Ash cloud and snow sink Flybe into the red

Ash cloud and snow sink Flybe into the red

Low-cost carrier Flybe has sunk into the red over the past financial year due to rising fuel costs and a wave of cancellations caused by the Icelandic ash cloud last April and freezing weather in winter.

Pre-tax losses were £4.3m in the carrier’s first full year results since its £60m floatation on the stock market last December.

Flybe, which operates largely from UK regional airports such as Execter and Southampton, was forced to cancel 3,177 flights after the eruption of Eyjafjallajökull volcano in April 2010 forced the widespread closure of airspace across northern Europe.

“We have estimated that the net negative impact on profits amounted to £11.6m, representing about 2 per cent of the group’s revenues,” the Exeter-based airline said of the volcanic disruption.

The airline was also forced to cancel 1,980 flights over the winter due to snow and ice

ADVERTISEMENT

Flybe estimated that the impact on the airline from bad weather was £6.5m.
The airline reported an underlying profit of £22.3m – up from £7.4m the previous year.

Passenger numbers were steady at 7.2m, but Flybe’s load factor fell 1.8 percent to 61.7 percent. Total passenger revenues increased by 4.8 percent to £545.7m. In the 12 months to March 31, revenues rose 4.4 per cent to £595.5m, whilst the pre-tax loss of £4.3m was in contrast to a profit of £24.6m the previous year.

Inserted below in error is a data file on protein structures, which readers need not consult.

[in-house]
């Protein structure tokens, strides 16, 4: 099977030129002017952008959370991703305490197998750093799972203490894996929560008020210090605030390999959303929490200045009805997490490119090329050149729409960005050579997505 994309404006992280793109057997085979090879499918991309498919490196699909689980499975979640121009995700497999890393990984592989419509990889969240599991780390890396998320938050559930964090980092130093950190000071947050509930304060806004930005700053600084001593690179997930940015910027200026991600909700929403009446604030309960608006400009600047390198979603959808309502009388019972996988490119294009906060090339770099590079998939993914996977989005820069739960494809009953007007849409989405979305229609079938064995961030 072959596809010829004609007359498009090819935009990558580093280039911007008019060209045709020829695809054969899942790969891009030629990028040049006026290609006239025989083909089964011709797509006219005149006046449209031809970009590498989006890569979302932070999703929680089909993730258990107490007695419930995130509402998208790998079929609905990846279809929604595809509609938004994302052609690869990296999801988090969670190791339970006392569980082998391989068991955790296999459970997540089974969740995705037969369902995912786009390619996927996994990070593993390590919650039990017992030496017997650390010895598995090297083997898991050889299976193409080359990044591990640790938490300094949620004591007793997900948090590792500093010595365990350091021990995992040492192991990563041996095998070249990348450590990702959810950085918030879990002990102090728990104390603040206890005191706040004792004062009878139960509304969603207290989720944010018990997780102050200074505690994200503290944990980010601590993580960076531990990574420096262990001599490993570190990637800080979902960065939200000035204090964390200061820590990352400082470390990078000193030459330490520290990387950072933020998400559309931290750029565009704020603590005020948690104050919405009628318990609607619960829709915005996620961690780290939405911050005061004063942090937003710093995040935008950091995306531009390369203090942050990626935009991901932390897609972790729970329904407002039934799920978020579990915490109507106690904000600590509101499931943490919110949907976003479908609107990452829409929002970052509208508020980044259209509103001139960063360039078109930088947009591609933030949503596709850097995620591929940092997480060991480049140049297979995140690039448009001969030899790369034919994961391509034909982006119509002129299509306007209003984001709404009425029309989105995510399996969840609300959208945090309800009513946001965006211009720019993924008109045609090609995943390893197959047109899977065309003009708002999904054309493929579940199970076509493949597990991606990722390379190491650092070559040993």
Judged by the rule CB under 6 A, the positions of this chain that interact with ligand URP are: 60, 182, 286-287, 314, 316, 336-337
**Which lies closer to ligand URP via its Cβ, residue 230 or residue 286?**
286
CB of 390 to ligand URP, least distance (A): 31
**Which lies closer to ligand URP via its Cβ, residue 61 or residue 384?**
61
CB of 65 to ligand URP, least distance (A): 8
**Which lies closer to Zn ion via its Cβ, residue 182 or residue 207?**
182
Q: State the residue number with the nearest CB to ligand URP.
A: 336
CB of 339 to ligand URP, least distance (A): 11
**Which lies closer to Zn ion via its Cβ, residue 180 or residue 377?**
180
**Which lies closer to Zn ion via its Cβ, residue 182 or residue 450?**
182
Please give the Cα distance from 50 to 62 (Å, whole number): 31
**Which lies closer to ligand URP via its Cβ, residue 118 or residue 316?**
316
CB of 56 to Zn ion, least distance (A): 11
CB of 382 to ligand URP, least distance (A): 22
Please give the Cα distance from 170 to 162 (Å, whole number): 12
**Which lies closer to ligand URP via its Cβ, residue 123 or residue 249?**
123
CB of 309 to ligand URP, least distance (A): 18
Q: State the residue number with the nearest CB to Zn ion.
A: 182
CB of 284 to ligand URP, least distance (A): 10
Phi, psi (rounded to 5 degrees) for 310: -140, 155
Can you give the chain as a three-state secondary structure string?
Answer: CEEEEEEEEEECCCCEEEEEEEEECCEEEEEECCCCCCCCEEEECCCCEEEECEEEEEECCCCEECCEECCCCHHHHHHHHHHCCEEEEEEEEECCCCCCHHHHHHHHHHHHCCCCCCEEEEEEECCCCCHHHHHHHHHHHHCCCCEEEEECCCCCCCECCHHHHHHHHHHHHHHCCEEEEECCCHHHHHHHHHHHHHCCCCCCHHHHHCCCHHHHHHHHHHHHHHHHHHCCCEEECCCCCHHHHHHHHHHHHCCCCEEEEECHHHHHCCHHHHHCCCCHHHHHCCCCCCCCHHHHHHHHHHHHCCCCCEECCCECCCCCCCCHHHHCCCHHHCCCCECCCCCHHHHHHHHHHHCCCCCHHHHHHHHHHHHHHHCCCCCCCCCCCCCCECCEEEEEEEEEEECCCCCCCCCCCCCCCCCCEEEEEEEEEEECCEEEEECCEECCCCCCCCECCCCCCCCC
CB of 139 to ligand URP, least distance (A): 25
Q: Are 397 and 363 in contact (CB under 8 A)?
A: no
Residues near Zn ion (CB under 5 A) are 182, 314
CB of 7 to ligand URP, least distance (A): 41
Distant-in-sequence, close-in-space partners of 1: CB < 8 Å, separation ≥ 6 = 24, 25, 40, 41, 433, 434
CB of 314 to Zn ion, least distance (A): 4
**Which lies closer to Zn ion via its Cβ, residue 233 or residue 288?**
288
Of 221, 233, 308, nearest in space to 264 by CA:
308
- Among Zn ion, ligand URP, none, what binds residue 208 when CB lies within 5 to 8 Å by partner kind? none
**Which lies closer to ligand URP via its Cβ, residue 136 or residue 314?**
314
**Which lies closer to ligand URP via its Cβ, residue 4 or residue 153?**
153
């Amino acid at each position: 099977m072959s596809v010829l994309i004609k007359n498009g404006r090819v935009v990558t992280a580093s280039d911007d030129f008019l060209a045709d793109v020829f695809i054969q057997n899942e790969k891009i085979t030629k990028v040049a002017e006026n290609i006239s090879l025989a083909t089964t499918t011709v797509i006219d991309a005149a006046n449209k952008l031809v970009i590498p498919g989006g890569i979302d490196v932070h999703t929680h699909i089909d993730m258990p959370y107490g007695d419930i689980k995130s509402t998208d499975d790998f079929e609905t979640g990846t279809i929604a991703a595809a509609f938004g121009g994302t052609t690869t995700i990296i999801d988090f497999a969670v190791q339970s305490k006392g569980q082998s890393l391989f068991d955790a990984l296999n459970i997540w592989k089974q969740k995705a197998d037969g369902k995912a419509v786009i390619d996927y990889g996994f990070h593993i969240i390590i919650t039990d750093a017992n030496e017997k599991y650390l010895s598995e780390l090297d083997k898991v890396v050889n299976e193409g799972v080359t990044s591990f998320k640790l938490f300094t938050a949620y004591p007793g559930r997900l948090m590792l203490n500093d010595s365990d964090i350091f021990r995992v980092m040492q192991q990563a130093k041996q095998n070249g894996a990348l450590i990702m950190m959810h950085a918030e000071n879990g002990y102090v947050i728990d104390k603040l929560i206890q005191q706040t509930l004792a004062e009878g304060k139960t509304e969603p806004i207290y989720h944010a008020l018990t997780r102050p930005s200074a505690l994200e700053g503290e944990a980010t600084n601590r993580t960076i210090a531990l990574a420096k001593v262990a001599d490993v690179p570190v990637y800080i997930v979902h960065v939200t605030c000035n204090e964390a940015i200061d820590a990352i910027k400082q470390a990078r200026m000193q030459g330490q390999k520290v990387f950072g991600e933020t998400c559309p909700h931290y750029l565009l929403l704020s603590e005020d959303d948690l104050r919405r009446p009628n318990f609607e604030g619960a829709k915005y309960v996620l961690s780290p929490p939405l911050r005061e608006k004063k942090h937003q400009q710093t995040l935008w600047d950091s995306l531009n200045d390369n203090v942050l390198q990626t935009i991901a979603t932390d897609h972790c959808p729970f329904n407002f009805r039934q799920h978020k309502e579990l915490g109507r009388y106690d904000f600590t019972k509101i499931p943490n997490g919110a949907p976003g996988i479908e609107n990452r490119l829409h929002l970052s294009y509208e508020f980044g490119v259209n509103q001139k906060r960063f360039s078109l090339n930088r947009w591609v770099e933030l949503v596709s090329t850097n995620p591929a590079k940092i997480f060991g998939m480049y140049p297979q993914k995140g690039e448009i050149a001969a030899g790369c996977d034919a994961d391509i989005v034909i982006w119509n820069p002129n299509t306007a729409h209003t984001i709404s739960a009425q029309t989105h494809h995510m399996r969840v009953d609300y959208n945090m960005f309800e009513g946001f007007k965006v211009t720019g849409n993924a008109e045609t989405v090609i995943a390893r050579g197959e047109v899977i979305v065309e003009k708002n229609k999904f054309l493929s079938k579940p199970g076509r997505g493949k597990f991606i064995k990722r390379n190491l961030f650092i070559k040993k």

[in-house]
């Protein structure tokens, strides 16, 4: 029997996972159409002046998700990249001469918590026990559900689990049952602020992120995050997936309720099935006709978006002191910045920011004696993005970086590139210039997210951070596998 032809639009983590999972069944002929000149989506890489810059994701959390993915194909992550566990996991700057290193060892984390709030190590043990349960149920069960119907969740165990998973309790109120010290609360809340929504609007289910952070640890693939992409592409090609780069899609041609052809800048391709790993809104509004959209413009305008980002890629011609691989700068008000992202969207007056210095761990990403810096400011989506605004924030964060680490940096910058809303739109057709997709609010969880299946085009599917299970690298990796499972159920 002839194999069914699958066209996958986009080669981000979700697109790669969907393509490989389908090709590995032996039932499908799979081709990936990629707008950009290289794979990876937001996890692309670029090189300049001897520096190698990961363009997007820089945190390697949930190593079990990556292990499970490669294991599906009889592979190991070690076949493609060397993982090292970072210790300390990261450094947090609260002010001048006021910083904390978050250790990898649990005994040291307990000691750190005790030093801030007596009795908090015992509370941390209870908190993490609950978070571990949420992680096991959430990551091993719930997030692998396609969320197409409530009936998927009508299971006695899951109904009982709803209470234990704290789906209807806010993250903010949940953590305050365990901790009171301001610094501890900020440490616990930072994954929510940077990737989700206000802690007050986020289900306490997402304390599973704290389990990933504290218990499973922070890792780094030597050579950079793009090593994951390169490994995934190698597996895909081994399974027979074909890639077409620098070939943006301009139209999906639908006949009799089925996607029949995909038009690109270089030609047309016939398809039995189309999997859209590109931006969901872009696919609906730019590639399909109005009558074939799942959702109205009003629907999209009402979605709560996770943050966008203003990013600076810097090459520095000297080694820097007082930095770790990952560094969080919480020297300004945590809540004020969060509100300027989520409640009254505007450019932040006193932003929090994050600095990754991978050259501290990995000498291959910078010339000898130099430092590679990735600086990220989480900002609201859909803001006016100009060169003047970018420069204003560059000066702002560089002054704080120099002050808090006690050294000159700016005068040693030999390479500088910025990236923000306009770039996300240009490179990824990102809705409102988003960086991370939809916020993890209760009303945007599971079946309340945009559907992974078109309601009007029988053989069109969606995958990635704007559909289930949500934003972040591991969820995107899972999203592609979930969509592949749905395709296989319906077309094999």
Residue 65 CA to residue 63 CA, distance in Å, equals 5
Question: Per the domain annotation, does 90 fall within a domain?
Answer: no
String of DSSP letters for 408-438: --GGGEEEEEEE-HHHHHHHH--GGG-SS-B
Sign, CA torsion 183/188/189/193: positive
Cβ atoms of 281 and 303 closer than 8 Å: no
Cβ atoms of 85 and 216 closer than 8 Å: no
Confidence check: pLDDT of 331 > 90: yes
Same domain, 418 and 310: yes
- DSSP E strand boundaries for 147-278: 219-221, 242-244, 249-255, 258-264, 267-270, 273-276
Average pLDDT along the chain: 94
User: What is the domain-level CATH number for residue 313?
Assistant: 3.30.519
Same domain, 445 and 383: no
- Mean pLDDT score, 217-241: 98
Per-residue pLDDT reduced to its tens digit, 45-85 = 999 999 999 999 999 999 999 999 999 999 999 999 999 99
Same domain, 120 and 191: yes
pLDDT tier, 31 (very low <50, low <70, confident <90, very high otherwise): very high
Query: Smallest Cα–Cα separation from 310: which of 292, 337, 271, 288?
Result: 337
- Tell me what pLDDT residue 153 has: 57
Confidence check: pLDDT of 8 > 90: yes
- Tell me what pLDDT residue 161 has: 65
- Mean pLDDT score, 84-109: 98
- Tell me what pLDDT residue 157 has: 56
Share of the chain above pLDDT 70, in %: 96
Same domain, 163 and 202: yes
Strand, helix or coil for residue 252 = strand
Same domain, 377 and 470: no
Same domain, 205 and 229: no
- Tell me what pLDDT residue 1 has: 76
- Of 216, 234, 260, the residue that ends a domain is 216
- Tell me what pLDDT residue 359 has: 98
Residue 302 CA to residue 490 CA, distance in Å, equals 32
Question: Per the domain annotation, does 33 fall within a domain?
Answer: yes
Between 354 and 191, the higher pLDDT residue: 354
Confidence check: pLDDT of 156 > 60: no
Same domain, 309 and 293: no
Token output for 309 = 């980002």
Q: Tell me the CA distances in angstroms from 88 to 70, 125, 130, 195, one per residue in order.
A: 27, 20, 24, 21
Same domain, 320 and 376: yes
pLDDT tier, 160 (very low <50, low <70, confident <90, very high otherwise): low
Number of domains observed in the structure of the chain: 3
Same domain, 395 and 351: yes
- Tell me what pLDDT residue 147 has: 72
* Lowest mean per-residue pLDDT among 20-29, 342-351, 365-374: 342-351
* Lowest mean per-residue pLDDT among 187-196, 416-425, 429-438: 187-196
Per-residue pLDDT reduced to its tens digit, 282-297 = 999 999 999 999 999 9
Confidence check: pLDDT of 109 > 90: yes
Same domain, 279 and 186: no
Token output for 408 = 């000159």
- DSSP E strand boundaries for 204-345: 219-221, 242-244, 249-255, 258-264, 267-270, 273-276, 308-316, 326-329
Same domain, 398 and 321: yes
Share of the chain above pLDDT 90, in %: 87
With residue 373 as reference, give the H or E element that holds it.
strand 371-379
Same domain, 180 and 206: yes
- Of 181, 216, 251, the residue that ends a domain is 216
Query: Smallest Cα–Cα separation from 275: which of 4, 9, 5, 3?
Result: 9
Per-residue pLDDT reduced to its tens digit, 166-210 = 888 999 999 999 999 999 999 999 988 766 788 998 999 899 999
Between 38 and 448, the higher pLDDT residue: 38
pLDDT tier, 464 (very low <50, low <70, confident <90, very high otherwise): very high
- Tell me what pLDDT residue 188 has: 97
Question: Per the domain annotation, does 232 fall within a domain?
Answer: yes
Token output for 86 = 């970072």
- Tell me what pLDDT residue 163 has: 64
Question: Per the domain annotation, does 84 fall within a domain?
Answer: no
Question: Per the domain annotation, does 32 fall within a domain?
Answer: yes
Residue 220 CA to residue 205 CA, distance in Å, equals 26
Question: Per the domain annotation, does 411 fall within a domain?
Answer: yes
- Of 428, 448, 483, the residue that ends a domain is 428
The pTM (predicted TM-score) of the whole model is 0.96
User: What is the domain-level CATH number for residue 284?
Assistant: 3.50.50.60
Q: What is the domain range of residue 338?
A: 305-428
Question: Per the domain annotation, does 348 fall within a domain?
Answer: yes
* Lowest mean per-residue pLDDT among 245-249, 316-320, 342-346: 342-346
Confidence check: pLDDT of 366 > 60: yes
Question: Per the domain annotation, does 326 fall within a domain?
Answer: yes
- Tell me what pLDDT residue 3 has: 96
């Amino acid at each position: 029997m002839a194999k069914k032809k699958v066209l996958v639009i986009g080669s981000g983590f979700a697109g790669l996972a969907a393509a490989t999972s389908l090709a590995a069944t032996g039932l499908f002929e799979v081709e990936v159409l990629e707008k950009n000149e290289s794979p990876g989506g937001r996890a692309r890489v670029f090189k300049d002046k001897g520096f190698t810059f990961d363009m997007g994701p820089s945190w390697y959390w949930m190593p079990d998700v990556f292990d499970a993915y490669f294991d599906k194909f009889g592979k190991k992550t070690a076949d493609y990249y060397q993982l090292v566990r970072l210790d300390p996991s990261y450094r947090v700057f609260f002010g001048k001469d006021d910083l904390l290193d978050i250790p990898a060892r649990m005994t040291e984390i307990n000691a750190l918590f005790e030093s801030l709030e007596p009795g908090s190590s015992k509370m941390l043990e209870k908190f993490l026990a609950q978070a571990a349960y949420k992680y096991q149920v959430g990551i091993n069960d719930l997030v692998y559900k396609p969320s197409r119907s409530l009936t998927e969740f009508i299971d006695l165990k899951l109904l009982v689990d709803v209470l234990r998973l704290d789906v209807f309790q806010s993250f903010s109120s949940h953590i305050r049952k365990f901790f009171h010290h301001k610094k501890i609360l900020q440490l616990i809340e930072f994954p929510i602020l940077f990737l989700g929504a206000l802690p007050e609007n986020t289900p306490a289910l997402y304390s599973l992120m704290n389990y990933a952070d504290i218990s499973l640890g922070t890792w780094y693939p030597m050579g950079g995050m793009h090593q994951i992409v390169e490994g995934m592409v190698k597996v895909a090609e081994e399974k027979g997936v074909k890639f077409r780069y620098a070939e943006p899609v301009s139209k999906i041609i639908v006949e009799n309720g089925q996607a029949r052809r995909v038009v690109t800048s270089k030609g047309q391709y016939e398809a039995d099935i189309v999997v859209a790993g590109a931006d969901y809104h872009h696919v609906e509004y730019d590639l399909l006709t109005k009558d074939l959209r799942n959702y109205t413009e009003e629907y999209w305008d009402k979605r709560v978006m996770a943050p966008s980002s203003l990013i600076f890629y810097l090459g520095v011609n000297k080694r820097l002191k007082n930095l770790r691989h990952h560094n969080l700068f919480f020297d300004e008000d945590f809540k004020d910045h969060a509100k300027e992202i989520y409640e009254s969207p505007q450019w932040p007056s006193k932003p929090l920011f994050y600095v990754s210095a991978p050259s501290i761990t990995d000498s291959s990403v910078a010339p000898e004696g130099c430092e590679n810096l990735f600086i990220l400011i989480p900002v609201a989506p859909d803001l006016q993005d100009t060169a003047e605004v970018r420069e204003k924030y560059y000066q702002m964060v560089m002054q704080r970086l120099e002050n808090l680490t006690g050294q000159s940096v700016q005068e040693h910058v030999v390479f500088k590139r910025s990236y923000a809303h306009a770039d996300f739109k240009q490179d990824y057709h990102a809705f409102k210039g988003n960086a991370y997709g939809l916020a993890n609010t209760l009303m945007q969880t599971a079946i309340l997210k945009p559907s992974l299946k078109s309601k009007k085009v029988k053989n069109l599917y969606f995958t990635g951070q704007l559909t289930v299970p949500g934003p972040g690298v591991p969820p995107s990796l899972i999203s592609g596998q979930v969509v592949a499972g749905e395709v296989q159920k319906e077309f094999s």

FlyBe is currently trying to reduce its dependence on its home market where it generates 85 percent of its revenue by expanding into continental Europe.

Jim French, Chief Executive, said: “Our goal is to become the regional airline group of Europe.”

“There are a lot of companies out there talking to us about helping them to improve their regional businesses within continental Europe, both large and small.”

“I would like to be in a position to announce something, but there will be confirmation of something I hope in the very near future. We’ve always been determined that anything that we do in Europe has to be right for the business strategically.